Transformational Learning: Rewind and Fast Forward

Madagascar Mikolo project team participated in SBCC VLDP 3. Photo Credit: Mikolo team

Over the next few months, we will be exploring learning as part of a new blog series on LeaderNet. What have we learned about learning over the last 10 years? What types of learning do we encounter most often? Below is the first part of the series, on transformational learning.

Transformational learning – the kind of learning that in a moment shakes fundamental beliefs and assumptions resulting in new ways of seeing each other and behaving accordingly.

Those of us in the training and facilitation professions likely aspire to get people exposed to the kind of learning experience that fundamentally changes the way they see the world. Usually, when that happens, a series of emotional and cognitive processes are set in motion, eventually producing a change in behavior.

Let’s take an example: a young new doctor is now in charge of a clinic far from the place where he studied or grew up. He believes that his main role is to treat sick patients. However, he learned from his professors that, as a doctor in charge, he also needs to direct all the other people working in his clinic. He has been led to believe that the doctor determines the quality of healthcare. He is a bit anxious about his transition from school to work but also excited to put his book learning into practice at his first post.

Now let’s assume there is, at this same clinic, a nurse who is a veteran in her profession. She has worked at the clinic for more than a decade. She believes that she knows what is best for people since she grew up in the community and knows it well. She also believes that people trust her because of her familiarity with the culture and language and because she is a woman. She has run the clinic during its many leadership transitions and considers herself a pretty good manager because the clinic ran just fine without a doctor at the helm.

Both have been learning all their life – though neither one of them may think of learning in that way. They probably would associate learning with school learning, with education. The nurse’s education stopped a long time ago – the doctor’s stopped only recently. These two professionals are on a collision course from the start.

Here we have two people who look at their job through two different lenses: the doctor with his assumptions regarding control, possibly superiority of his profession, and, because of that, a reluctance to show others that he doesn’t know some things. And there is the nurse, with her assumptions about who is best placed to know the patients and thus superior role of the (female) nurse in knowing the clinic’s mostly female clientele. What could prevent their collision? What kind of learning could do that?

Let’s rewind the tape of their professional development and see what could happen when both can put their need to win, or to be right, on hold. This creates an openness to learning that changes everything.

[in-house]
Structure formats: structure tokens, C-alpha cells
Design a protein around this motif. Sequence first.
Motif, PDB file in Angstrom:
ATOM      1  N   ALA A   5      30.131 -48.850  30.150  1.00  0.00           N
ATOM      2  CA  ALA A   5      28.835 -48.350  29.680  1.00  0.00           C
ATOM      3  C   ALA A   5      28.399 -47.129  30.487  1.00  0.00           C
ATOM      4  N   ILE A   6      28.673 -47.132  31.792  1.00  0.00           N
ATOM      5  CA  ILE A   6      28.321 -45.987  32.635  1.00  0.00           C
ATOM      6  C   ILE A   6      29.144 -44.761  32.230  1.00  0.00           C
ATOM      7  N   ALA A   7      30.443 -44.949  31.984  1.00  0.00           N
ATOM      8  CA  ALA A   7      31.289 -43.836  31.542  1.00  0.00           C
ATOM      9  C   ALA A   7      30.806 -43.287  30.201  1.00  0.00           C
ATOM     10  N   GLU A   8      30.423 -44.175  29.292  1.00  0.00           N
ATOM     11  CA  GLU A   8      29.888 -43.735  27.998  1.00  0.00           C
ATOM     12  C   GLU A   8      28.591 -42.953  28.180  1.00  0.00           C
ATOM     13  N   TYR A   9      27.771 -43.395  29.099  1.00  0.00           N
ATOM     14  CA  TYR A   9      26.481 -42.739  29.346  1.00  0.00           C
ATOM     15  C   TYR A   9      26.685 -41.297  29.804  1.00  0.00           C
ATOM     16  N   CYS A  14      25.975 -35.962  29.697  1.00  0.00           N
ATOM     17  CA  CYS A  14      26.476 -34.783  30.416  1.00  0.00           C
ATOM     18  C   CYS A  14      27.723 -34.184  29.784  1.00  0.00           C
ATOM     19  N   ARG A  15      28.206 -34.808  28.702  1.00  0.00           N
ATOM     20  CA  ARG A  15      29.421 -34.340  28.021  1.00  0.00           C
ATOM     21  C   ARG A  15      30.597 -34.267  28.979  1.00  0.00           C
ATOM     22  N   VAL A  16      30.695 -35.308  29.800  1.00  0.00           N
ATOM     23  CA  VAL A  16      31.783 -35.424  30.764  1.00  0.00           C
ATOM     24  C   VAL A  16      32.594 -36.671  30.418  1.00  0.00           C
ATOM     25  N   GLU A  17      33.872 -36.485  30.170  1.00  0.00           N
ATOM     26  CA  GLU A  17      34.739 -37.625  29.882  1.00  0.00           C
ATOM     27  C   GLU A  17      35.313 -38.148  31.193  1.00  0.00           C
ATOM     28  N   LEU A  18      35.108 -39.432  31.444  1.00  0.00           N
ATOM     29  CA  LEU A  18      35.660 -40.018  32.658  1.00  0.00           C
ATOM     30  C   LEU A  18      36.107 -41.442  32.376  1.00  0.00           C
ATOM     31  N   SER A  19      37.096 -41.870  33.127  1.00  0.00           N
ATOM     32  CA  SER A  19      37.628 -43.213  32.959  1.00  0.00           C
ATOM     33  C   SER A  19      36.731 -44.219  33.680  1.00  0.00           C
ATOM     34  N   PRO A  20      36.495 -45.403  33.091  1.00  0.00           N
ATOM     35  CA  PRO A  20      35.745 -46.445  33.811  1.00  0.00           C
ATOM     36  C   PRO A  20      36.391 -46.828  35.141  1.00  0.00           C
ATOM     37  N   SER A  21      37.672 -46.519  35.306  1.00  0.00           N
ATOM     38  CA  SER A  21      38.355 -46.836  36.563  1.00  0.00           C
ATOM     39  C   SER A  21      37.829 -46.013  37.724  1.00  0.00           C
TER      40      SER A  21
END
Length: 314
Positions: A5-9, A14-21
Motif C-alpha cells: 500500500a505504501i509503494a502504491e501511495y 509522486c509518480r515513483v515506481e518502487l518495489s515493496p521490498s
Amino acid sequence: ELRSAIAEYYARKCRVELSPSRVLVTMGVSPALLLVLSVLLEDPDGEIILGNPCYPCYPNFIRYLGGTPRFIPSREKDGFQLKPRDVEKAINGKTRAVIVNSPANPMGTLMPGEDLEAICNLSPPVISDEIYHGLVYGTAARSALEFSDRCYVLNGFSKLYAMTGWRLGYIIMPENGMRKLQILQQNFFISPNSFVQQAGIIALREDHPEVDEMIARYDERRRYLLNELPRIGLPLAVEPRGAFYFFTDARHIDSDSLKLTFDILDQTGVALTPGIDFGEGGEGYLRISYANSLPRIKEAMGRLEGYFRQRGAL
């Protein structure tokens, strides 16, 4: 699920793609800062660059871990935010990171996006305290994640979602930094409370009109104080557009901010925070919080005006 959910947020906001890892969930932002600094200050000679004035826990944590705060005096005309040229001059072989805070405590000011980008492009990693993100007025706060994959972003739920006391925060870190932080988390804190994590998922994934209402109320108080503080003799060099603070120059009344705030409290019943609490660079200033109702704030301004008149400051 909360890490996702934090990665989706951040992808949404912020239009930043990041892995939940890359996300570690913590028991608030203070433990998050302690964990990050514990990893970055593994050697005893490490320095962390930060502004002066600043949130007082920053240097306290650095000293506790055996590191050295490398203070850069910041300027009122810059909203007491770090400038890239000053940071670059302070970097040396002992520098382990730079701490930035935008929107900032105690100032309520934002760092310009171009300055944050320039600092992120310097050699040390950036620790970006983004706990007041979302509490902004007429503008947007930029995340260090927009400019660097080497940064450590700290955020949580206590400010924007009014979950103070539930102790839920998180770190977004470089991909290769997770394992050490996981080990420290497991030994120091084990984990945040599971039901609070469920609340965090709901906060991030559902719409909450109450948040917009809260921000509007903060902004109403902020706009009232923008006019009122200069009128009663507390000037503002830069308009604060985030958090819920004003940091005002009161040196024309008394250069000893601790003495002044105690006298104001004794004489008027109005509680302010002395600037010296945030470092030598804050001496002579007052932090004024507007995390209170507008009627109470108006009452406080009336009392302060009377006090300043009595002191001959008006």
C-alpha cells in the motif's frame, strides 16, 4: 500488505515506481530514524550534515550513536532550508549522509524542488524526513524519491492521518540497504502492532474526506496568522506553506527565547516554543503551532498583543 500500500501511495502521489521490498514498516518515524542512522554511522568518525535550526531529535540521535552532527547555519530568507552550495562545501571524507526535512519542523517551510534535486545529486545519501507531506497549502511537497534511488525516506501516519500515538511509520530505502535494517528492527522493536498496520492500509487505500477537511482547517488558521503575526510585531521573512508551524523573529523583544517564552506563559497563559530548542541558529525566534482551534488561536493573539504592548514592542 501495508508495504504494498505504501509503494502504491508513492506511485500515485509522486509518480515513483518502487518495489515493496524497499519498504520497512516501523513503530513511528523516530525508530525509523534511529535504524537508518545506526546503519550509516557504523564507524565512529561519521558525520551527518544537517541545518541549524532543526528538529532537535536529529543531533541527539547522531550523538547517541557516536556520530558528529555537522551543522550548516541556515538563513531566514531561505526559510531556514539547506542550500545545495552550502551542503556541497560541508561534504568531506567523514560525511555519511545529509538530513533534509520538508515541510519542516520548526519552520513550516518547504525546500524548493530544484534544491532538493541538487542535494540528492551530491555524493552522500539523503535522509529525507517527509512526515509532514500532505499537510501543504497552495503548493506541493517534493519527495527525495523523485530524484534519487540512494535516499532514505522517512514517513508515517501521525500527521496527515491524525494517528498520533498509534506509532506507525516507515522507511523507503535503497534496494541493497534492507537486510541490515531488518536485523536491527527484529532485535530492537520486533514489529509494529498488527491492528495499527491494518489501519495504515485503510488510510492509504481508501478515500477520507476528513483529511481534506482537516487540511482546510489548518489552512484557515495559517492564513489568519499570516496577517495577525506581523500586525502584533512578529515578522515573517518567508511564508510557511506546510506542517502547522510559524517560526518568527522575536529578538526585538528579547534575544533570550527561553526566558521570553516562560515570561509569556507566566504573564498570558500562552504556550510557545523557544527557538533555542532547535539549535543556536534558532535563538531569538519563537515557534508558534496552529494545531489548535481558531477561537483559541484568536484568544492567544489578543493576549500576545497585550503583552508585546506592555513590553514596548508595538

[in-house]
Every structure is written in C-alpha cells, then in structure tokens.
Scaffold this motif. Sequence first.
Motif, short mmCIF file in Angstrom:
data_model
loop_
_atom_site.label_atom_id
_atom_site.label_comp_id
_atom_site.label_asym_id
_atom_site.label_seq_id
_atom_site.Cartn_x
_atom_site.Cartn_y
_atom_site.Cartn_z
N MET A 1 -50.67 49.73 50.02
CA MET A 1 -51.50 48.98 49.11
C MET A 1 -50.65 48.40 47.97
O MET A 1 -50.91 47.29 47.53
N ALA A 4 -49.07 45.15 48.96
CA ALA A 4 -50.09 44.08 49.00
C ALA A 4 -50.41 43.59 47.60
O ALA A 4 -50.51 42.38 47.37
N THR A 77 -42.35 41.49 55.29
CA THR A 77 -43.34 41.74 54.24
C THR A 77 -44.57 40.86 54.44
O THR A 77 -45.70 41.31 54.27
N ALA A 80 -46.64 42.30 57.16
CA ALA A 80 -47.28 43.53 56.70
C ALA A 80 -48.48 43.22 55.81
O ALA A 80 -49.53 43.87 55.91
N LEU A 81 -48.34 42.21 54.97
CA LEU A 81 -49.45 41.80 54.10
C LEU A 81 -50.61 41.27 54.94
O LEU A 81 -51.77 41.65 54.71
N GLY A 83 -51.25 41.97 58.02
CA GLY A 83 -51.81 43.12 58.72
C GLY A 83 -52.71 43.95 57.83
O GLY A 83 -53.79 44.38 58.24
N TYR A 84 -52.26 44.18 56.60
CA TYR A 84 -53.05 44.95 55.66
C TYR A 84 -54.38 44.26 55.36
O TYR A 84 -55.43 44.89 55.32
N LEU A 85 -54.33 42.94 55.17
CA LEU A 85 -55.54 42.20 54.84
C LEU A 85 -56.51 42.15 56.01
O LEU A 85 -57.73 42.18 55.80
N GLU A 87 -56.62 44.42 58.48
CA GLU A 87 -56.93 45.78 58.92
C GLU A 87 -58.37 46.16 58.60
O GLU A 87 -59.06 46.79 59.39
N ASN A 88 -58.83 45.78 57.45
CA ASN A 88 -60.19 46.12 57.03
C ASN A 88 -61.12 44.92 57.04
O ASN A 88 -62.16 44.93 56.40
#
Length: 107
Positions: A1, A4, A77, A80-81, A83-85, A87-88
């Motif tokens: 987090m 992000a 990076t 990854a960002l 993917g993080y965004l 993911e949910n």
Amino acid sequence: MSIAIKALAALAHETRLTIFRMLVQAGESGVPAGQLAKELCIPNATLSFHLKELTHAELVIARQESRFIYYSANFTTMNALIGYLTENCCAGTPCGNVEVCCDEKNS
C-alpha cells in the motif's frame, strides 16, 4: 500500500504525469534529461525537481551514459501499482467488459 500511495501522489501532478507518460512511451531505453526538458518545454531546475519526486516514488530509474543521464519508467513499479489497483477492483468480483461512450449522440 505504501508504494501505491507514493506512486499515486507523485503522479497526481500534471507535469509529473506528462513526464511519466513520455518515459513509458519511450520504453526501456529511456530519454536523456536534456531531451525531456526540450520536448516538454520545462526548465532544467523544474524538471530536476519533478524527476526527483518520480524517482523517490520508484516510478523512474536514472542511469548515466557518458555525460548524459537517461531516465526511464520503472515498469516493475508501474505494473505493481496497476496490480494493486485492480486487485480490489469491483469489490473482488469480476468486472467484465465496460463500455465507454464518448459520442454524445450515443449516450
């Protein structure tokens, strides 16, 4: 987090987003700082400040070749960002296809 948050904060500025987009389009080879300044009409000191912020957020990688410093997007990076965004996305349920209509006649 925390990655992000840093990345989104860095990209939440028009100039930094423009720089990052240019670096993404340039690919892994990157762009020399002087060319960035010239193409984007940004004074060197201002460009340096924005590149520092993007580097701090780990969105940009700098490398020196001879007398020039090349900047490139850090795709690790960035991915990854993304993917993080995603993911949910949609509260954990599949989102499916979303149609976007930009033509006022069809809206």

The nurse has had the good fortune of being invited from time to time to continue her professional development. The doctor is a graduate of a program that included more than a transfer of strictly medical information. Let’s assume they were both really lucky and have been involved in some classes or courses together. They have learned about management and leadership, about effective communication, about delegation, about working in teams, about negotiation and other topics that they recognize from their daily life but had never much thought about.

Now back to the clinic. When first irritations arise, because of the different perspectives each have on health care delivery, on what patients want, on what a clinic should look like, on asking for help, they know they have to have a conversation. Through these conversations, they try to understand where the sometimes strong opinions come from. The doctor has to understand, and recognize, what the nurse knows. He needs to listen without judgment and try to ‘stand under’ the reality of the nurse. If he can do that it will transform him. The nurse has to do the same, and recognize that the doctor has up to date knowledge on new techniques, new medicines, new technologies that she may not understand, or approaches she may disagree with at first. But if she listens without judgment, and tries to ‘stand under’ the reality of the doctor, she will be transformed.

If they approach each other with empathy and curiosity, to understand what they each hope the clinic to be, they will be able to deal with the small irritations and misunderstandings that are bound to happen and keep them from becoming major conflicts. That clinic will better serve its patients and its communities. The doctor and the nurse will be able to problem solve, be creative in handling things they have no control over and keep a positive outlook on what is possible. Their new eyes can now discover possibilities they could not see before.

That is the thing about transformational learning. It doesn’t have to be big and dramatic, or requiring an external person to intervene. It’s simply a conversation where both parties make an effort to understand each other, not convince each other that their way of seeing things is right.

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